Having separate aggregate limits gave the Policyholders and their attorneys opportunities to make several different arguments to increase the limits of coverage and ultimate payout. Listed below are three of the more common arguments, and the basis of each argument.

1. The Products-Completed Operations Aggregate for Bodily Injury does not apply to workers exposed to asbestos during installation of asbestos containing products even if the triggered policy incepts after the installation is completed. From the early 1980’s until the mid 1990’s, most insurers made payments for Asbestos claims as Products-Completed Operations, therefore subject to an aggregate. As limits became exhausted, policyholder attorneys sought other ways to access insurance coverage. Policyholders often times did not have umbrella or excess coverage, especially during the 1940’s and 1950’s, or the umbrella or excess insurer in place at the time may have subsequently become insolvent. In those instances, Policyholder attorneys began making the argument that the policies were not exhausted, because these were operations claims and there was no aggregate for bodily injury. Additionally, plaintiff attorneys began suing peripheral defendants that were considered second or third tier defendants. The attorneys for the plaintiffs and policyholders have been fairly successful in advancing this argument and asbestos litigation has continued beyond the mid 1990’s when it was believed to be going away.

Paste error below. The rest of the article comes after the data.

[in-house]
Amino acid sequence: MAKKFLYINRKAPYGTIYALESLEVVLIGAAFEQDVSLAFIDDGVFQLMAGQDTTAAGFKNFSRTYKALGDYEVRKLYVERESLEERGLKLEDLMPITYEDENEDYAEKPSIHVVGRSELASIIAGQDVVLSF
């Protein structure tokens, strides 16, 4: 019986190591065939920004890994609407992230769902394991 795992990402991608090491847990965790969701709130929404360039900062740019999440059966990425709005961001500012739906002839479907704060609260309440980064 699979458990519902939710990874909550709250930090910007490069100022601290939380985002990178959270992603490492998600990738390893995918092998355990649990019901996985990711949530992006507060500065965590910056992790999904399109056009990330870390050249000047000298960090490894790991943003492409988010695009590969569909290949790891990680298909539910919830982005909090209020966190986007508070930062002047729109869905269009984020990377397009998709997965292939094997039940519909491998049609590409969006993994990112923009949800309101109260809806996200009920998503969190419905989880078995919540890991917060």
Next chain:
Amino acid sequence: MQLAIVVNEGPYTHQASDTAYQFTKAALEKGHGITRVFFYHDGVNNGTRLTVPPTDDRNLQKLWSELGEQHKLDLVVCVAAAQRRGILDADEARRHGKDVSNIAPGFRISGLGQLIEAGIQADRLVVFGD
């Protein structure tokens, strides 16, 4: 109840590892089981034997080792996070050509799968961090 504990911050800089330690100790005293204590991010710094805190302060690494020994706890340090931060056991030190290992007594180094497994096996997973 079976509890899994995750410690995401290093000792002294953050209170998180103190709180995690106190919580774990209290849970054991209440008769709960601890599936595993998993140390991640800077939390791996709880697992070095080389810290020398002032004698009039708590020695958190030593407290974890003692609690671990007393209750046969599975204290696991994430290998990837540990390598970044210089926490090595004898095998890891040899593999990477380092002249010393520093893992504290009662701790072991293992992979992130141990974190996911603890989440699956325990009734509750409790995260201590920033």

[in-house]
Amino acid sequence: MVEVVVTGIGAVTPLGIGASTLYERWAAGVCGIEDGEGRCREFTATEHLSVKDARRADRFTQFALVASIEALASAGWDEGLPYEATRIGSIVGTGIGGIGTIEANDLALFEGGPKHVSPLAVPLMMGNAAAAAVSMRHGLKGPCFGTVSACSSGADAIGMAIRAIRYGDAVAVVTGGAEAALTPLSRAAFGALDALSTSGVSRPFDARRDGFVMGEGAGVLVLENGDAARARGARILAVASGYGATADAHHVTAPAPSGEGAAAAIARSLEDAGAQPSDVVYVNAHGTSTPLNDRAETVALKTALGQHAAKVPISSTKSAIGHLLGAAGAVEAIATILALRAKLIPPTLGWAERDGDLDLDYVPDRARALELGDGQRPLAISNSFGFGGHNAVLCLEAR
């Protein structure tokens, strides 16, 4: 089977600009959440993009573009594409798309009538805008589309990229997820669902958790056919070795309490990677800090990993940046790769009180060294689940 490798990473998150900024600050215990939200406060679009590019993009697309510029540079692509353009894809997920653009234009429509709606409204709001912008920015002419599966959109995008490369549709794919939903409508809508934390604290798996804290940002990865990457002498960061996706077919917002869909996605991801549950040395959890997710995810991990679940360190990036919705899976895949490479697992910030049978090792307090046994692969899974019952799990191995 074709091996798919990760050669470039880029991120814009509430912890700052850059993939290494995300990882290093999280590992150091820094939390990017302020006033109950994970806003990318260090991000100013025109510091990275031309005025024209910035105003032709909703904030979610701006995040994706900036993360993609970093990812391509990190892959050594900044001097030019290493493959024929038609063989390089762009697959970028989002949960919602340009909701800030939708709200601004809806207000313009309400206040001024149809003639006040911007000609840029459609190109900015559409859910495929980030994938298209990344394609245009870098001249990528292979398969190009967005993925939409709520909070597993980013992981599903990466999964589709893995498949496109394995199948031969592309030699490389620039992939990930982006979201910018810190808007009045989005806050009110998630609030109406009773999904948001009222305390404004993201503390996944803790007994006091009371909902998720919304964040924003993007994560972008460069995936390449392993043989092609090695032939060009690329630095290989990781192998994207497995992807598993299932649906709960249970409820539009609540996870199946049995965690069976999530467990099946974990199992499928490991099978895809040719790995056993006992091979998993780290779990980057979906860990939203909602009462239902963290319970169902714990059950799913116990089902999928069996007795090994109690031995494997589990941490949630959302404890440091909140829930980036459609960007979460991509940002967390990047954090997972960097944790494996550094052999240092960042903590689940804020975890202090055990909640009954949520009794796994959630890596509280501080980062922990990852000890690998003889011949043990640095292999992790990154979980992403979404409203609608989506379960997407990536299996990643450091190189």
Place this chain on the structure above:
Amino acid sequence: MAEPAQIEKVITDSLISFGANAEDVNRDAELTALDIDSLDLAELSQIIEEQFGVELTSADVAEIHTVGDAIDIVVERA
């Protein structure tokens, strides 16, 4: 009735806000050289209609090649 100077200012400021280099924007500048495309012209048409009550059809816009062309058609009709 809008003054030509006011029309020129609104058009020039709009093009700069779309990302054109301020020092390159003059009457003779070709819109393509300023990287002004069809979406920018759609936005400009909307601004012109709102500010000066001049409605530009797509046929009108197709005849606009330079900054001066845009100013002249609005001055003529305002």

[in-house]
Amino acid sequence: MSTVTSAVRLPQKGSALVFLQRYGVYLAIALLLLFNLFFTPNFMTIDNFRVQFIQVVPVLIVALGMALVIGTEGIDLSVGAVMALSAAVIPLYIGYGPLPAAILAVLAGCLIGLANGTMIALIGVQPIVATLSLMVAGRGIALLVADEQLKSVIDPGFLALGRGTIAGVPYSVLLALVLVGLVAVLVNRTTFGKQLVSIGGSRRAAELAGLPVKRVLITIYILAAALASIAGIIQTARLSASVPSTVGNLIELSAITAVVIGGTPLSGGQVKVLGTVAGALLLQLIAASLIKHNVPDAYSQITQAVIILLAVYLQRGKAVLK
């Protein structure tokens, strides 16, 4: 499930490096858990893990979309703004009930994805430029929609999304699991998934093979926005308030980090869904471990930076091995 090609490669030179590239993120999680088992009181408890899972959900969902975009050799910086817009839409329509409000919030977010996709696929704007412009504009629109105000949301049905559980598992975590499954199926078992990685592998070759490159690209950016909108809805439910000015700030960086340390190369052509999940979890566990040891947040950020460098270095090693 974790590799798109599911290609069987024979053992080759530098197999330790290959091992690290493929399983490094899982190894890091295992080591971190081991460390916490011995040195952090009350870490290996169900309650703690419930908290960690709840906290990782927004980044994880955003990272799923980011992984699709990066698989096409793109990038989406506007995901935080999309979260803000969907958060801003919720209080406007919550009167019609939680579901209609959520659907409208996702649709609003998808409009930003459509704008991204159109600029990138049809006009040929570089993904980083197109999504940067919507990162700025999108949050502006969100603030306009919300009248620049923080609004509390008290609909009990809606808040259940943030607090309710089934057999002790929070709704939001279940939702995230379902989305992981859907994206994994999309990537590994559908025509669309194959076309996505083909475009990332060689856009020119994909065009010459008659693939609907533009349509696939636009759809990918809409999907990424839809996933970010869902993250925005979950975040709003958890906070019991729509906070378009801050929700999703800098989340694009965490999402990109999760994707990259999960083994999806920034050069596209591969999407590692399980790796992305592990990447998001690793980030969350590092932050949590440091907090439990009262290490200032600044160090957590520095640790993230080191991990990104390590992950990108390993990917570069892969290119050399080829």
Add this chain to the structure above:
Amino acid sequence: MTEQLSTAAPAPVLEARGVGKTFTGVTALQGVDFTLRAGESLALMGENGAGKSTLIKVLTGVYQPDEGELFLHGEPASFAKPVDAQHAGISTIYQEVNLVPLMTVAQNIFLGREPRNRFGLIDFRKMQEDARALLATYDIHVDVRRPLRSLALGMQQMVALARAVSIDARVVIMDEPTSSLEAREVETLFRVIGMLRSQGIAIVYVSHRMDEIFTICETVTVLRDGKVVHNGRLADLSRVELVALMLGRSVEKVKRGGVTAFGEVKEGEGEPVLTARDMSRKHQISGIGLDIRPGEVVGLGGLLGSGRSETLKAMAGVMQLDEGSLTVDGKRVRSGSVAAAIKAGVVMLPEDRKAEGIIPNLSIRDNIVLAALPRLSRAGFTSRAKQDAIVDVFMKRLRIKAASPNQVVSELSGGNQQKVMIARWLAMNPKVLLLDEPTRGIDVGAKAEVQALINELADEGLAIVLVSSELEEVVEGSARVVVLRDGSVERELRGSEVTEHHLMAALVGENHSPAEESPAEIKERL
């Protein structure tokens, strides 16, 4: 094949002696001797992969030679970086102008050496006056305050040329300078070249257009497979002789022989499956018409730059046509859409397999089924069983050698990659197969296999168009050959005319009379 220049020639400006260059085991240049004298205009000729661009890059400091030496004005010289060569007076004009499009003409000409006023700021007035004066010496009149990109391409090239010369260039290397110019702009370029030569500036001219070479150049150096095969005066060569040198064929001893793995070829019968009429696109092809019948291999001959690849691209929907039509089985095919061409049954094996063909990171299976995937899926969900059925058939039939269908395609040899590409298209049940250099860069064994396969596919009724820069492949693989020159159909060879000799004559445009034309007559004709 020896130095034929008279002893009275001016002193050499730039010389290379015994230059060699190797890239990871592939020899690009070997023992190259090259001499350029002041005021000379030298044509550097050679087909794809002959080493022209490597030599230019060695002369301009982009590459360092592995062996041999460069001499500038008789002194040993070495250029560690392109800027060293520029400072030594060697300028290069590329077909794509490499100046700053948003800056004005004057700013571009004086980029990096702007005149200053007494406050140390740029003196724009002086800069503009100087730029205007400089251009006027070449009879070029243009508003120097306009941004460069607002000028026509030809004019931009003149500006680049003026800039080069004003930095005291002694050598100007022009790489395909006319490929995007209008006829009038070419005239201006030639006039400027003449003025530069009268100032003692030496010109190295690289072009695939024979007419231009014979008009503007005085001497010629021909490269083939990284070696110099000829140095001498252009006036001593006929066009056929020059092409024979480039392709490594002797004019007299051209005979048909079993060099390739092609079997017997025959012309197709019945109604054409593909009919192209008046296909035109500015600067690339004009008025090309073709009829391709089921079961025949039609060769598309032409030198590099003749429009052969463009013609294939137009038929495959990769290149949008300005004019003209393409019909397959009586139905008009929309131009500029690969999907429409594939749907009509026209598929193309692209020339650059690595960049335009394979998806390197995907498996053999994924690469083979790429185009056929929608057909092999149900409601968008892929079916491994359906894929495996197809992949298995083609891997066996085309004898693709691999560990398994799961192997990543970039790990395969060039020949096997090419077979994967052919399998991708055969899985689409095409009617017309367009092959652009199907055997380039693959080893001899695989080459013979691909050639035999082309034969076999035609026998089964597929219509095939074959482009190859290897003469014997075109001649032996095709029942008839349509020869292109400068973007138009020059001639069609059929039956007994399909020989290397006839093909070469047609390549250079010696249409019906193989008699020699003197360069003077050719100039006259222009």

2. A Property Damage Aggregate limit does not apply to environmental contamination caused by operations of a policyholder if the premium rating basis was not remuneration. This argument is likely to be advanced for a policyholder whose policy was composite rated for ease of premium calculation. The composite rate may certainly include remuneration rating for Manufacturer’s and Contractor exposures, but often times the rating sheets for a policy issued more than twenty years ago are not available.

3. There is a separate aggregate limit for each site where the policyholder is liable for environmental contamination. This argument is premised on the policy language that describes the circumstances for the Premises Operations Aggregate and Protective or Independent Contractor Aggregate which states “These limits apply separately to each project with respect to operations being performed away from premises owned or rented by the named insured” or similar language. Separate aggregate limits for each project reflect the manual rules in effect in 1941. The manual called for “Property damage liability for a contractor requires a limit upon the aggregate losses which result from each separate project” . Even though there is no definition in the coverage form for project, there is a statement that the aggregate for Protective or Independent Contractors is for operations performed for the named insured by independent contractors and general supervision thereof by the named insured.

The form promulgated in late 1940 was a beginning and all understood it would continue to change. The first revision to this form was in 1943 with other revisions taking place in 1947, 1955, 1966 and 1973, before the massive landmark revisions in 1985. Though E. W. Sawyer, a person very instrumental in development of the CGL policy, acknowledged that the CGL policy would continue to change and be modified, I do not believe he ever anticipated the long tail type of claims that insurance companies are being confronted with today.